The effectiveness of traditional anti-virus and encryption systems is failing, according to a panel of experts at the RSA 2010 conference in San Francisco
Currently, successful detection rates for popular anti-virus packages were between 70-90 per cent of all samples, said Ed Skoudis, co-founder of security consultants InGuardians.
While he said increased use of heuristics and behavioural monitoring may be helping overall, the outlook is not rosy, but companies should still use such systems.
“Don't throw the baby out with the bathwater,” he said.
“It helps to cut down on some on the clutter but we can't have just that as a single point of protection any more.”
The best defence from an IT administrator's perspective was vigilance, he said. In particular, admins should check outbound web proxies for either excessive activity or suspicious connection points. Logs of DNS resolution failures were also a useful source, he said.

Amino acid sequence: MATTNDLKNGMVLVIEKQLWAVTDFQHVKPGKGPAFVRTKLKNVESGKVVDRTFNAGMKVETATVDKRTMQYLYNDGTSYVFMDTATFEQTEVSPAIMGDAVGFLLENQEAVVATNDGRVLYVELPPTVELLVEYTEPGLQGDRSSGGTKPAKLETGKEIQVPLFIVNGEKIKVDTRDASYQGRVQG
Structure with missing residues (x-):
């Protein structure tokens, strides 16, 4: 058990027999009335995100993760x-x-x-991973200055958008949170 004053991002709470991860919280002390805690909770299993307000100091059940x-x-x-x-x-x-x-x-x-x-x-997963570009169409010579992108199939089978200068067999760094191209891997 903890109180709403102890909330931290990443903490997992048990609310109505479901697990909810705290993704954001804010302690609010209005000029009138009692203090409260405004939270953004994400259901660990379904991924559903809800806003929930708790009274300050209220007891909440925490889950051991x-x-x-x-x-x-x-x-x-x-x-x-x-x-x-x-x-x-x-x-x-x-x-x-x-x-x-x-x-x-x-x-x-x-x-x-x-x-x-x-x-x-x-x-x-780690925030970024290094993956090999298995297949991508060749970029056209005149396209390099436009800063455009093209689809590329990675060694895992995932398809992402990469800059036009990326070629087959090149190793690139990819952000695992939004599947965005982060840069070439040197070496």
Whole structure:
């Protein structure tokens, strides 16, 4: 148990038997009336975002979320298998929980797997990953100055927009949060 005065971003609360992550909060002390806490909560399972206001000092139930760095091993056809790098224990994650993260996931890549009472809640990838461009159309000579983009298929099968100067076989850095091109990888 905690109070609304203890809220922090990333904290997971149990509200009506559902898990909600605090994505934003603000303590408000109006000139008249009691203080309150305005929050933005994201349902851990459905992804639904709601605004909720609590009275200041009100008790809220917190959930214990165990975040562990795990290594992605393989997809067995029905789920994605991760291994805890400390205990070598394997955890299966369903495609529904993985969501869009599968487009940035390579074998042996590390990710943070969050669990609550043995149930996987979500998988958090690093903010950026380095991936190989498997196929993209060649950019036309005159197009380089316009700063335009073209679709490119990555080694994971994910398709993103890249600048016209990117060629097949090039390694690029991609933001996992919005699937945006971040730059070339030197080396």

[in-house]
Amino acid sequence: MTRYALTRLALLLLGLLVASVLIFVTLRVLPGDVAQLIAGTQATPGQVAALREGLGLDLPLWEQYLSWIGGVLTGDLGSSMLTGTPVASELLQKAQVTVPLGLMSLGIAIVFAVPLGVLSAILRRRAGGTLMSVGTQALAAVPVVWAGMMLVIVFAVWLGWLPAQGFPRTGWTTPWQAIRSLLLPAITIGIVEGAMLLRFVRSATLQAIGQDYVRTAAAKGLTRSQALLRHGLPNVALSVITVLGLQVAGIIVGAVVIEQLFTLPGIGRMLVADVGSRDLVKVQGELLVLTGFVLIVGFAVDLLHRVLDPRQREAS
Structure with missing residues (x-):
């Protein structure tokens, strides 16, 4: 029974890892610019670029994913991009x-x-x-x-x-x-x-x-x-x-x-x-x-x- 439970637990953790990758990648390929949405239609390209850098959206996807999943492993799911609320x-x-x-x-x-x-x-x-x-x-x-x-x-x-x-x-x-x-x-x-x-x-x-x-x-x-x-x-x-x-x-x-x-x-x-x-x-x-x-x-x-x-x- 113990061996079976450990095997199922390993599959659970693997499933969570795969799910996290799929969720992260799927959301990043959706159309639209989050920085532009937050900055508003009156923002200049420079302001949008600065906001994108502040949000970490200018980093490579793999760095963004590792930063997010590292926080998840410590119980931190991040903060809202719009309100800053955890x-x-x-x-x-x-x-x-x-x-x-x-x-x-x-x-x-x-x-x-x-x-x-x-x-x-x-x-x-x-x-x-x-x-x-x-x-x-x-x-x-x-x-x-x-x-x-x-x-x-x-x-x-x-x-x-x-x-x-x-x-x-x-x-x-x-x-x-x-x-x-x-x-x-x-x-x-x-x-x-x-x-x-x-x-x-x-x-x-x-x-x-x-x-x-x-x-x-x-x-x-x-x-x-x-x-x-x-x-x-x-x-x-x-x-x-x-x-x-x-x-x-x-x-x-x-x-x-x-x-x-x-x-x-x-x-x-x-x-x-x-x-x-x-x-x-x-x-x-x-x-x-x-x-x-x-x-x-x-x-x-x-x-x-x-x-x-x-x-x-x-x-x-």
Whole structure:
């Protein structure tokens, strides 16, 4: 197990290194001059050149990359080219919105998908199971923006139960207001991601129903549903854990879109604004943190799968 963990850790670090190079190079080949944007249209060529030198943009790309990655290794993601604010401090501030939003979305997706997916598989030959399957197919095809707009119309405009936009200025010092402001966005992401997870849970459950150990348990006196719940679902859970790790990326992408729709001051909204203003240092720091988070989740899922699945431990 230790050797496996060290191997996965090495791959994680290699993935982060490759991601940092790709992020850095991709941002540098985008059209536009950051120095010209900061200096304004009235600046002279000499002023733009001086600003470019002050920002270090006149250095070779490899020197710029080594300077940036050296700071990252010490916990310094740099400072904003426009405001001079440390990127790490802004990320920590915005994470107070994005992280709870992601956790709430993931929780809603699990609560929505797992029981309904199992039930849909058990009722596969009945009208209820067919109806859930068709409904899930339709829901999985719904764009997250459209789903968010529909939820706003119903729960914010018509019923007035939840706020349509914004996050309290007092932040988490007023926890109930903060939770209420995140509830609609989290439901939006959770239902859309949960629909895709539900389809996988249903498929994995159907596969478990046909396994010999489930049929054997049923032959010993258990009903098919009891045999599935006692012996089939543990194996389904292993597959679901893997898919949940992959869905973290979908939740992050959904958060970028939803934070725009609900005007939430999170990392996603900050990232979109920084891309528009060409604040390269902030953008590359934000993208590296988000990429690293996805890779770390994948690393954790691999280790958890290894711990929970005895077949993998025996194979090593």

Companies should be segmenting their networks with internal firewalls to minimise the effect of any outbreaks, he warned.
Dr. Johannes Ullrich, chief technology officer of the Internet Storm Center SANS, agreed, saying that network segmentation was vital to effective security.
Dr. Ulrich also warned against over-reliance on encryption and, in particular, SSL.
“Encryption is becoming a losing battle. You have to overbuild on encryption now - pick the strongest cypher you can and then re-encrypt with another package.
He said that there were increasing problems with SSL as an encryption tool. Man-in-the-middle attacks, where a hacker oversees an encrypted traffic stream, disrupts the connection, and then reconnects with one side to harvest data, are becoming increasingly commonplace.
Ultimately, the best protection for a network, Skoudis concluded, were the IT administrators themselves.
“Stop looking for the silver bullet, there isn't one, it won't happen,” he said.
“There is no silver bullet, except possibly you. Build your skills up. What if we're the defence we've all been waiting for?”